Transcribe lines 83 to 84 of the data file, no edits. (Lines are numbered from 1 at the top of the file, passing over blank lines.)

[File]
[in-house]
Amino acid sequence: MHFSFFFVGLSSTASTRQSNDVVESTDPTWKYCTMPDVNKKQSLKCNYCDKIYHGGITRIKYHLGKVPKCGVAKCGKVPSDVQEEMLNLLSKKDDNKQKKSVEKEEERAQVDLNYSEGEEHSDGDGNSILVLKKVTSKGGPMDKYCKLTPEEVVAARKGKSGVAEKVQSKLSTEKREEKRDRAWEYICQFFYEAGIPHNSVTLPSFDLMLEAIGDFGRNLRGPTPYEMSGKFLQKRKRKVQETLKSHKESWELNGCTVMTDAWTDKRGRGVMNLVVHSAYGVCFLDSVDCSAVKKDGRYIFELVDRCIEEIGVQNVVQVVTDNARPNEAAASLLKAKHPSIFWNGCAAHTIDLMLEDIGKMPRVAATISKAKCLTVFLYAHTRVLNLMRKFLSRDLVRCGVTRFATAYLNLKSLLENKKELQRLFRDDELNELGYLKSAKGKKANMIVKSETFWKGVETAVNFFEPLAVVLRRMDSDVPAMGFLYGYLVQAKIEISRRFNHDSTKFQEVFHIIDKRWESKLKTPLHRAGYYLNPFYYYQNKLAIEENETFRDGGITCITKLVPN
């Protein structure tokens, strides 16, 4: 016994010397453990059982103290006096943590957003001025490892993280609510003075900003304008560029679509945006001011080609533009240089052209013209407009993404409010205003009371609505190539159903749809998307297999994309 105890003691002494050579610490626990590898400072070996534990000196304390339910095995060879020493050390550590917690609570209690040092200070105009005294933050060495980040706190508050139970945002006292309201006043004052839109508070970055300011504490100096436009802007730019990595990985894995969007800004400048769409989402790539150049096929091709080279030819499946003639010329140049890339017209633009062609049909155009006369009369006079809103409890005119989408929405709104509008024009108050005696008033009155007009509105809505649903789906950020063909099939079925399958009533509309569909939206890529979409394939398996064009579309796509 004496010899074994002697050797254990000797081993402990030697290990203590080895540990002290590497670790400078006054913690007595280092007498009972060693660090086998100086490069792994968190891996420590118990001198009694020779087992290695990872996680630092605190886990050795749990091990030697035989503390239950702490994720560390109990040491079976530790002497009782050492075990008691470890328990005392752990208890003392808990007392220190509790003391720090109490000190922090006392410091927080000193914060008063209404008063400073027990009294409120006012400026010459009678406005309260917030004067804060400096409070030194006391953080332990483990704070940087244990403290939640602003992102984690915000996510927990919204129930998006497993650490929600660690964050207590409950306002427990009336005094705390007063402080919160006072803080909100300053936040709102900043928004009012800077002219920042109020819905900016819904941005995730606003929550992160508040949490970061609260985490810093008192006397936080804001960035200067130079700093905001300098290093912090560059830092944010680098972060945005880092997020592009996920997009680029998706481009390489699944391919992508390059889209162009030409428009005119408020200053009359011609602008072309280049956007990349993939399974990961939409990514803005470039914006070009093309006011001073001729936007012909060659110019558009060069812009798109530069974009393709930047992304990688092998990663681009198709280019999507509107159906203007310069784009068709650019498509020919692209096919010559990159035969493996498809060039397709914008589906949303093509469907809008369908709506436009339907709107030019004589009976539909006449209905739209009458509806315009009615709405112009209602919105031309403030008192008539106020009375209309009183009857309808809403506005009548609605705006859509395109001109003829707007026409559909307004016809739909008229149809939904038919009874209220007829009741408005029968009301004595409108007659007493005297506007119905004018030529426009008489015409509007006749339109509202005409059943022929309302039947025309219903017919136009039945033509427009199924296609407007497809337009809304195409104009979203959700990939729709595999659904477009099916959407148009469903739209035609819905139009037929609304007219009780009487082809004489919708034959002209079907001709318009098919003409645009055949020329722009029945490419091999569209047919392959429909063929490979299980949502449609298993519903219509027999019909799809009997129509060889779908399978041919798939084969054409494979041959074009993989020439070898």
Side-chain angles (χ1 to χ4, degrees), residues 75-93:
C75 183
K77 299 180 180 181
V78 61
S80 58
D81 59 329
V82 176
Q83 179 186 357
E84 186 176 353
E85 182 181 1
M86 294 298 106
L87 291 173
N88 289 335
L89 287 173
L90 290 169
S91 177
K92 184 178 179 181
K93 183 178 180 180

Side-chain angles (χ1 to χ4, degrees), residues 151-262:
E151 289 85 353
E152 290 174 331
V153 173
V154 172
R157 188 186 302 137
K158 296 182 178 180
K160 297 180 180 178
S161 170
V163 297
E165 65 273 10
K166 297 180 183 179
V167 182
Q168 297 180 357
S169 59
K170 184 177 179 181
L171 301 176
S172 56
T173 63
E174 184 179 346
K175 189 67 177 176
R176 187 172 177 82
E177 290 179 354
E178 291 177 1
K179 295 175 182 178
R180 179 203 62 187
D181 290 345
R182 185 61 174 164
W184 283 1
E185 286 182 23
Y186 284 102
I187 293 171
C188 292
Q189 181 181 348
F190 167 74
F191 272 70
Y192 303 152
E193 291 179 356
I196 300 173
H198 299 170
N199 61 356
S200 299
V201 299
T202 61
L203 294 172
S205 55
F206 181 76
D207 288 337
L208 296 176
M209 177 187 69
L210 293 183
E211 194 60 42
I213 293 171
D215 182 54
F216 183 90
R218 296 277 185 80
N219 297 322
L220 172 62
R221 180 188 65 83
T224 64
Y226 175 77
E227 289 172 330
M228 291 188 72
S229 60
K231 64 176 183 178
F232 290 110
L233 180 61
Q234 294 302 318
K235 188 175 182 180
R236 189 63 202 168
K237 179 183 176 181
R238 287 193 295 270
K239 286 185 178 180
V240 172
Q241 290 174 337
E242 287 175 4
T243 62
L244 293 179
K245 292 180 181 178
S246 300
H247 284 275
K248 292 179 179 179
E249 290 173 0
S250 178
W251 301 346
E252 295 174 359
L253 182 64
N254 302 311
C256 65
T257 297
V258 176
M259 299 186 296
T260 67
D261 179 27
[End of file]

E227 289 172 330
M228 291 188 72